Are We Going from San Francisco?

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Opinion

SYDNEY and KUALA LUMPUR, Jun 30 2020 (IPS) – Seventy-five years ago, on 26 June 1945, before the Japanese surrender ending the Second World War, fifty nations gathered at San Francisco’s Opera House to sign the United Nations (UN) Charter.


UN Charter
Nations pledged “to practice tolerance and live together in peace …, and to ensure … that armed force shall not be used, save in the common interest, and to employ international machinery for the promotion of the economic and social advancement of all peoples”.

Anis Chowdhury

They sought “to save succeeding generations from the scourge of war, … and to reaffirm faith in fundamental human rights, in the dignity and worth of the human person, in the equal rights of men and women and of nations large and small, and to … promote social progress and better standards of life in larger freedom”.

The Charter’s contents reflected some contradictions inherent in framing an international organization recognizing national sovereignty as its organizing principle, and various other compromises, often influenced by the convening host nation.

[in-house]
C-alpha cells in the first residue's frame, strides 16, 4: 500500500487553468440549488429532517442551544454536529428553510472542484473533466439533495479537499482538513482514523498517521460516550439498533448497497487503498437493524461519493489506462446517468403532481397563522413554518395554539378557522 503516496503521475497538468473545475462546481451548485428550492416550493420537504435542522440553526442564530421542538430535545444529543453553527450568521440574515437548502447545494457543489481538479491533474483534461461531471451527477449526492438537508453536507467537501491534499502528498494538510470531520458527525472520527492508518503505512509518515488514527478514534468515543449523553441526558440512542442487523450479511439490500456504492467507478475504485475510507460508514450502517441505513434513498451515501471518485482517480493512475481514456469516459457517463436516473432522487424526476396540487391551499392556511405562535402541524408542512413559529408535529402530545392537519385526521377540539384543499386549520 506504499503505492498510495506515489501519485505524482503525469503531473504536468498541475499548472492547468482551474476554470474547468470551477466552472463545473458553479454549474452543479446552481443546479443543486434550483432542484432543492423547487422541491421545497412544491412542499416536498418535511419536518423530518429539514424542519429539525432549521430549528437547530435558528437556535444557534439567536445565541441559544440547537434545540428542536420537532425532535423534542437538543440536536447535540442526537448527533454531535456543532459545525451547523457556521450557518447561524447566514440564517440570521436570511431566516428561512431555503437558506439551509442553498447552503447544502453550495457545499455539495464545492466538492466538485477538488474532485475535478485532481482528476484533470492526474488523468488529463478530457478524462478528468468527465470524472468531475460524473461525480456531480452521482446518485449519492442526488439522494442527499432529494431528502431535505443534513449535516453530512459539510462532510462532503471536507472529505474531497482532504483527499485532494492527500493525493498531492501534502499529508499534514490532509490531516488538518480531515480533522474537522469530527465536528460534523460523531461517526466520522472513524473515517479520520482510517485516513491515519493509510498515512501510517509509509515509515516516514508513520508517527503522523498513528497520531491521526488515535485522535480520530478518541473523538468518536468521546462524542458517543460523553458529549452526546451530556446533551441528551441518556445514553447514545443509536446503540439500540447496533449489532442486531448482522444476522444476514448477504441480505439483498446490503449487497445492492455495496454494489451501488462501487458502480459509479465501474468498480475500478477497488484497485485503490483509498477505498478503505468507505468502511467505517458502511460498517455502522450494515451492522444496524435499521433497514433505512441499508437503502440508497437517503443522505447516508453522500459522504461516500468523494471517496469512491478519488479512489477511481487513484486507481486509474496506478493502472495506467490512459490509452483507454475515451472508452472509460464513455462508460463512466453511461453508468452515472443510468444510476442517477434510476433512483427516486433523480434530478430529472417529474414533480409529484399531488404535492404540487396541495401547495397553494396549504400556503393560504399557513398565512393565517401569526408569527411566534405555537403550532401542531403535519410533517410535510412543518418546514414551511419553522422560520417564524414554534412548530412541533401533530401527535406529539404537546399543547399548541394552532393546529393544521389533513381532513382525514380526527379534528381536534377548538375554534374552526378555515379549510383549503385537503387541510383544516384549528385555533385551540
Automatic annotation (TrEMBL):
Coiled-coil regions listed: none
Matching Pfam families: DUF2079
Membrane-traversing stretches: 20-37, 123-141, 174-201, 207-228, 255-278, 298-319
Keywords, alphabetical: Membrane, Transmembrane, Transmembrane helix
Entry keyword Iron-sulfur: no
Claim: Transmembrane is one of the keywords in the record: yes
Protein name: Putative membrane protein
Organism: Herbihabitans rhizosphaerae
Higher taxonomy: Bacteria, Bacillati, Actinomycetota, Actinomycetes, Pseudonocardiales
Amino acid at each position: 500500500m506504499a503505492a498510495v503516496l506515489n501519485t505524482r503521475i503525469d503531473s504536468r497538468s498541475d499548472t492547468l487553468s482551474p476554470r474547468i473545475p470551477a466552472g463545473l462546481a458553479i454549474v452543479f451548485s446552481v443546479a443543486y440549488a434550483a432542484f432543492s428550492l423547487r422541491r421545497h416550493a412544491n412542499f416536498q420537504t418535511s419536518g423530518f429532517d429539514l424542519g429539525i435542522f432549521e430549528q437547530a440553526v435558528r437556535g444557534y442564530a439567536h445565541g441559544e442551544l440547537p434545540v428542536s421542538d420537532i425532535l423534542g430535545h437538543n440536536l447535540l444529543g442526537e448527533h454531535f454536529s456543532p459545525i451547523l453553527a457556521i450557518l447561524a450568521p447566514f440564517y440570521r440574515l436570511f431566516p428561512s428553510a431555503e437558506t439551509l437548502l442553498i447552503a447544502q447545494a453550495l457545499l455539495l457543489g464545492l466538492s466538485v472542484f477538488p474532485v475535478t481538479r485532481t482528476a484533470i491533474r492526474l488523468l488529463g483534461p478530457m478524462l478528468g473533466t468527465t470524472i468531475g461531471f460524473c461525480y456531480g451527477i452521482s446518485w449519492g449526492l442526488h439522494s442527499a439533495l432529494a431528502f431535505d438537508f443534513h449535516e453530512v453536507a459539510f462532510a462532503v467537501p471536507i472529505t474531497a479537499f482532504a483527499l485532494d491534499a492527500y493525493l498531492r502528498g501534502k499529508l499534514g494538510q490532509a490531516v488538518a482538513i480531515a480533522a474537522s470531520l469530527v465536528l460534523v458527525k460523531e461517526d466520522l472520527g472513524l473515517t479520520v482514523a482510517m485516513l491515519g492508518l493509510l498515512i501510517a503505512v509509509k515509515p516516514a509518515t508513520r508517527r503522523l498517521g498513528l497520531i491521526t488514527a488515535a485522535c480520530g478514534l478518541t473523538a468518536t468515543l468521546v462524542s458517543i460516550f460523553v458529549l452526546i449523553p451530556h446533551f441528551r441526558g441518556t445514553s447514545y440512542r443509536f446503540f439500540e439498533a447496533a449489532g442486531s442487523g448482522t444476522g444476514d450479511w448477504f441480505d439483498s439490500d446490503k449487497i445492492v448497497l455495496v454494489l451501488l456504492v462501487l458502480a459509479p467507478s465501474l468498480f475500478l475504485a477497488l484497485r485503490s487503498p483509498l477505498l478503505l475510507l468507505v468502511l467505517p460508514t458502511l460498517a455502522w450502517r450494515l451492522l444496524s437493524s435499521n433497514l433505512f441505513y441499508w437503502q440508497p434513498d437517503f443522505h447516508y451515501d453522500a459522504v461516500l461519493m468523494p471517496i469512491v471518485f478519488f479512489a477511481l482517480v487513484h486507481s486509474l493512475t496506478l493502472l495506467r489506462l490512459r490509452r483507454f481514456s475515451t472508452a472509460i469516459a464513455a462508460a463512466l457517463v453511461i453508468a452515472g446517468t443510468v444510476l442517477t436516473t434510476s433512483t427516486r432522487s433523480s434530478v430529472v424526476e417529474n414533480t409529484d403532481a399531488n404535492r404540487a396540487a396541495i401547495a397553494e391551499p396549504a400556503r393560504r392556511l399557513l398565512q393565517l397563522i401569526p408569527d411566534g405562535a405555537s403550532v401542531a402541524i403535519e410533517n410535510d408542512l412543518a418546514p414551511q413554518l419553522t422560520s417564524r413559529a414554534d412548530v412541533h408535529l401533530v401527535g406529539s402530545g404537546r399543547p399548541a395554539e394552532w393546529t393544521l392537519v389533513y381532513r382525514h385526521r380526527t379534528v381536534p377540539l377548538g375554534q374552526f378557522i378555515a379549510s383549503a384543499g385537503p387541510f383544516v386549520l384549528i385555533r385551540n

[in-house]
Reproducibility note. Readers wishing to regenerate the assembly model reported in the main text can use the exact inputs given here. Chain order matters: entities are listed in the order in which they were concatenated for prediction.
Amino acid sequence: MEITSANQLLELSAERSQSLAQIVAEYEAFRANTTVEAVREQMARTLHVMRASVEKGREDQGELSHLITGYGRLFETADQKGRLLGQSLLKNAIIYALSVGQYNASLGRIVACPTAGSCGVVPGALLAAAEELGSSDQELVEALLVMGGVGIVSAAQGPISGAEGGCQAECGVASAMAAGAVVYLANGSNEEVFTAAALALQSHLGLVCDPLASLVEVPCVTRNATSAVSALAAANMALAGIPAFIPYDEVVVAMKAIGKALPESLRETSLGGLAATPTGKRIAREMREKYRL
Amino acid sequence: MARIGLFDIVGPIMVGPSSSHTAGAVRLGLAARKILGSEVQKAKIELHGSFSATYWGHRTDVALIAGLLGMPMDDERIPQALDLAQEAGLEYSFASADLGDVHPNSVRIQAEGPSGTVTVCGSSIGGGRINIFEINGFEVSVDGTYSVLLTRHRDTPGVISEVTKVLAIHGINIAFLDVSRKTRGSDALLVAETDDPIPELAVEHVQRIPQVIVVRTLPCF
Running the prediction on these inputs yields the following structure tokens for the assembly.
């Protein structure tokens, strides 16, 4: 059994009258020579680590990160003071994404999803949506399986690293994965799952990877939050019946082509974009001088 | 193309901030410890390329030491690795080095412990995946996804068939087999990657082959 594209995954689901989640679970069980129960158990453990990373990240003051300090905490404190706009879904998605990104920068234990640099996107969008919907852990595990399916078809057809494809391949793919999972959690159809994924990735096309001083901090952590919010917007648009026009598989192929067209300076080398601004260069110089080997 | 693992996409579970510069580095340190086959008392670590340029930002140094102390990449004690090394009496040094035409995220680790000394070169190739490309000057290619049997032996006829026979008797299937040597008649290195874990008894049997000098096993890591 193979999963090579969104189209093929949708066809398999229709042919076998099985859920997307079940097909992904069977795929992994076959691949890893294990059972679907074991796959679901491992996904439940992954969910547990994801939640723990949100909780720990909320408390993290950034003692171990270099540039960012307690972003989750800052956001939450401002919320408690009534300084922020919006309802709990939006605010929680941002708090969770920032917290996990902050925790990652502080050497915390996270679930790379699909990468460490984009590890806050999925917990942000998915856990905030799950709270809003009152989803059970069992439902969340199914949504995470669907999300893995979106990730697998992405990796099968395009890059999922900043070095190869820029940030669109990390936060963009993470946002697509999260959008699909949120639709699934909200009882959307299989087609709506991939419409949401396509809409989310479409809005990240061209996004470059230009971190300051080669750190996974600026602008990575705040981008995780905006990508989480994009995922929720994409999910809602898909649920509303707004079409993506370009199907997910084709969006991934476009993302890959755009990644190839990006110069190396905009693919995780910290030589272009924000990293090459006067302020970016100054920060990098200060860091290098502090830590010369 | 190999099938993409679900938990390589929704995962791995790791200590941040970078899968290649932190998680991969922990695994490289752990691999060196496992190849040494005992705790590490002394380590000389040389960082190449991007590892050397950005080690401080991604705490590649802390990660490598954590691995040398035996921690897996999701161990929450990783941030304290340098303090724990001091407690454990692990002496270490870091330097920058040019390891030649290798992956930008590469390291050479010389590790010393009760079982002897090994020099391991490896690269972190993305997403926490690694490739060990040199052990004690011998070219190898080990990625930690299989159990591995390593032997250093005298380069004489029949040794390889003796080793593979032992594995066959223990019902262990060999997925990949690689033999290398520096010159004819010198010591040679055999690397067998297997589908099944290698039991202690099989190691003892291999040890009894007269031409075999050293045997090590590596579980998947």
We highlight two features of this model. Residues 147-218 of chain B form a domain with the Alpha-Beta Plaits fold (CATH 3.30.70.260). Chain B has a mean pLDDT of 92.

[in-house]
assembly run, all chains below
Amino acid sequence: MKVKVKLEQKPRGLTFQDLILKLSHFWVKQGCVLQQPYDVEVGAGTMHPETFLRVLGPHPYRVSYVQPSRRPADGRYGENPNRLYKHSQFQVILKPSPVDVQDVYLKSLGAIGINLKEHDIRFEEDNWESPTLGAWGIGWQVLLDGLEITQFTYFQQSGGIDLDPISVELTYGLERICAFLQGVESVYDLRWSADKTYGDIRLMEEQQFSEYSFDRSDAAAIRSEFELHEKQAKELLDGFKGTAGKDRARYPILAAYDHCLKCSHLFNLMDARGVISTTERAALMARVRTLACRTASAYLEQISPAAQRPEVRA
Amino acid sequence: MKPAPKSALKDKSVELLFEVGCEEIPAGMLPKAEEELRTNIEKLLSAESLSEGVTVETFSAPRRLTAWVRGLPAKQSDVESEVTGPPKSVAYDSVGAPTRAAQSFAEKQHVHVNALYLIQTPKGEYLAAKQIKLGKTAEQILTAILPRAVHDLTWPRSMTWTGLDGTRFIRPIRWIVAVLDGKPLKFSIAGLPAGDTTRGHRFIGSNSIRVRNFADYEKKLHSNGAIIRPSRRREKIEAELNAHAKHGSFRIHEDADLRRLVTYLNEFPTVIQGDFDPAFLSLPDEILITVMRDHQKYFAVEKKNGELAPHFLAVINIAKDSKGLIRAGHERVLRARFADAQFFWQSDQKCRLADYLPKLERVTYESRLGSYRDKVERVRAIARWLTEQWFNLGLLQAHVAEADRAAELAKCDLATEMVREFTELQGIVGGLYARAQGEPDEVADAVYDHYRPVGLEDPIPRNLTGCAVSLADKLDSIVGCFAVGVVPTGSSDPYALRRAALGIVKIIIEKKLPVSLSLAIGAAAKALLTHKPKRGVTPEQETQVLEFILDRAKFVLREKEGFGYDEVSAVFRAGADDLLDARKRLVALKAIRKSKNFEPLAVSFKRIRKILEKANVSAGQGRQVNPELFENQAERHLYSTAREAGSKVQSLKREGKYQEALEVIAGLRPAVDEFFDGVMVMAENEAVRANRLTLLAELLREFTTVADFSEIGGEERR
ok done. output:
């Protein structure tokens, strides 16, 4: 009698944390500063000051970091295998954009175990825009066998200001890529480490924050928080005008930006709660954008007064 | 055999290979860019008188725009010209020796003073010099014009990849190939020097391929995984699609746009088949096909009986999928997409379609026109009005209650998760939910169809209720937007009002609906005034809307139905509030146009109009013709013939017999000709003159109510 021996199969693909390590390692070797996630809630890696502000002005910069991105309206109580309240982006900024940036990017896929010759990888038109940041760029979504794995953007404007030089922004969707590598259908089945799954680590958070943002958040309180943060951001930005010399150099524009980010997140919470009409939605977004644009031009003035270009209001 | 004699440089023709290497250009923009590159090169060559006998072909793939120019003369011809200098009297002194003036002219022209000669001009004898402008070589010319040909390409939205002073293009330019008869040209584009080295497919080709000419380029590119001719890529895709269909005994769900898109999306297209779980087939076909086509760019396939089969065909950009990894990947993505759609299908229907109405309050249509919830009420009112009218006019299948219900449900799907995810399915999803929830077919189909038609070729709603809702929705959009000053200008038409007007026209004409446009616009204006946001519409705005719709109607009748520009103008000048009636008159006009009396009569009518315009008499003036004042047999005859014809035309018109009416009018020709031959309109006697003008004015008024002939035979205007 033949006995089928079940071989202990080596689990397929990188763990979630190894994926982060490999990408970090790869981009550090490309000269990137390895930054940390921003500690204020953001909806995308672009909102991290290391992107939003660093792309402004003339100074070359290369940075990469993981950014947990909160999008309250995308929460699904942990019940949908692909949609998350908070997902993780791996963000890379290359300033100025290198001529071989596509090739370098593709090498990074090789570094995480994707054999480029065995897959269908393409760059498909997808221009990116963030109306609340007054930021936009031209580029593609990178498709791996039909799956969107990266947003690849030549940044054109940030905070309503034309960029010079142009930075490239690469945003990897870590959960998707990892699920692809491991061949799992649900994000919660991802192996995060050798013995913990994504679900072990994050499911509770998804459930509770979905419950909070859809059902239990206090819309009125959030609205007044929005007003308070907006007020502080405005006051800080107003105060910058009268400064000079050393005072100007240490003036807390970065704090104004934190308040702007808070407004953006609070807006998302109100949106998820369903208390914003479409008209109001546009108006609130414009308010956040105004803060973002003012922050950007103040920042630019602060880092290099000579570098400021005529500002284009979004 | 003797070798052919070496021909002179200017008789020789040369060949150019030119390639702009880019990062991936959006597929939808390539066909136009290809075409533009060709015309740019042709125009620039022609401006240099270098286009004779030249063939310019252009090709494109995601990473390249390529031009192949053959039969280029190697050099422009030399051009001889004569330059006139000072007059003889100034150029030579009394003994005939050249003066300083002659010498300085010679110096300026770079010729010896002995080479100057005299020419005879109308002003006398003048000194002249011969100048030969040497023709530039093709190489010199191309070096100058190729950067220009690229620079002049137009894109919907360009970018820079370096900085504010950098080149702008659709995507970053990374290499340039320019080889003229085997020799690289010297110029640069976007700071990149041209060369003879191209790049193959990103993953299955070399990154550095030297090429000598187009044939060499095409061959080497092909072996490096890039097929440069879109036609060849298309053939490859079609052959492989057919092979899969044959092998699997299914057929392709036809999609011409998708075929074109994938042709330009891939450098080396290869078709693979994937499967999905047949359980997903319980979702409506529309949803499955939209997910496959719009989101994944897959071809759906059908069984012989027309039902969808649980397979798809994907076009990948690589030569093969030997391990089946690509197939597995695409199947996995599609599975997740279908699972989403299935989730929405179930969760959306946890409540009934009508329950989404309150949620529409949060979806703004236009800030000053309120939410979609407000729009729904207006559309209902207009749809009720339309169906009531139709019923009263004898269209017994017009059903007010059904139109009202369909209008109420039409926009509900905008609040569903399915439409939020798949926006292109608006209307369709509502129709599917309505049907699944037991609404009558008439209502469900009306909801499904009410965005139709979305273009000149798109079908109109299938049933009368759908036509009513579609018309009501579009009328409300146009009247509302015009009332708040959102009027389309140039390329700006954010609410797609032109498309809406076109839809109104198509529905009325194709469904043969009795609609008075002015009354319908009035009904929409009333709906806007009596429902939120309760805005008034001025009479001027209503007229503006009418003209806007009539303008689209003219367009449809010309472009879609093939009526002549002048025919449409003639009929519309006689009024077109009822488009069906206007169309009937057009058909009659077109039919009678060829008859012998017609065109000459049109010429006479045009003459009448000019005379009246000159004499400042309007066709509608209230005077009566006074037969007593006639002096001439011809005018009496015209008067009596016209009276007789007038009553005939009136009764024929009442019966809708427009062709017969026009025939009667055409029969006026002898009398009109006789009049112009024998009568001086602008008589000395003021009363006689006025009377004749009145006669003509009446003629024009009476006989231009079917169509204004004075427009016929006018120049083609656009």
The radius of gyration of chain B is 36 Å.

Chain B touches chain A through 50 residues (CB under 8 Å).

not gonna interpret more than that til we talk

Although the conduct of Member States often falls short of the UN’s lofty goals, its Charter was nonetheless a monumental achievement, providing the foundation for a rules-based international order.

San Francisco Conference
Forty-six Allied countries, including the four sponsors – the United States, the United Kingdom, the Soviet Union and China – were originally invited to the San Francisco Conference.

The conference itself invited four other States – the Byelorussian and Ukrainian Soviet Socialist Republics, newly-liberated Denmark and Argentina. Poland did not send a representative as its new government was still uncertain.

Of the fifty participating states, only four were African and nine Asian. Latin American countries, independent since the mid-19th century, were present and active in deliberations.

The Conference was not only one of the most significant international gatherings in history, but perhaps the longest ever. The two month long Conference was attended by 3,500 people, including 850 delegates, their advisers, staff and the secretariat, plus more than 2,500 from the media and other observers.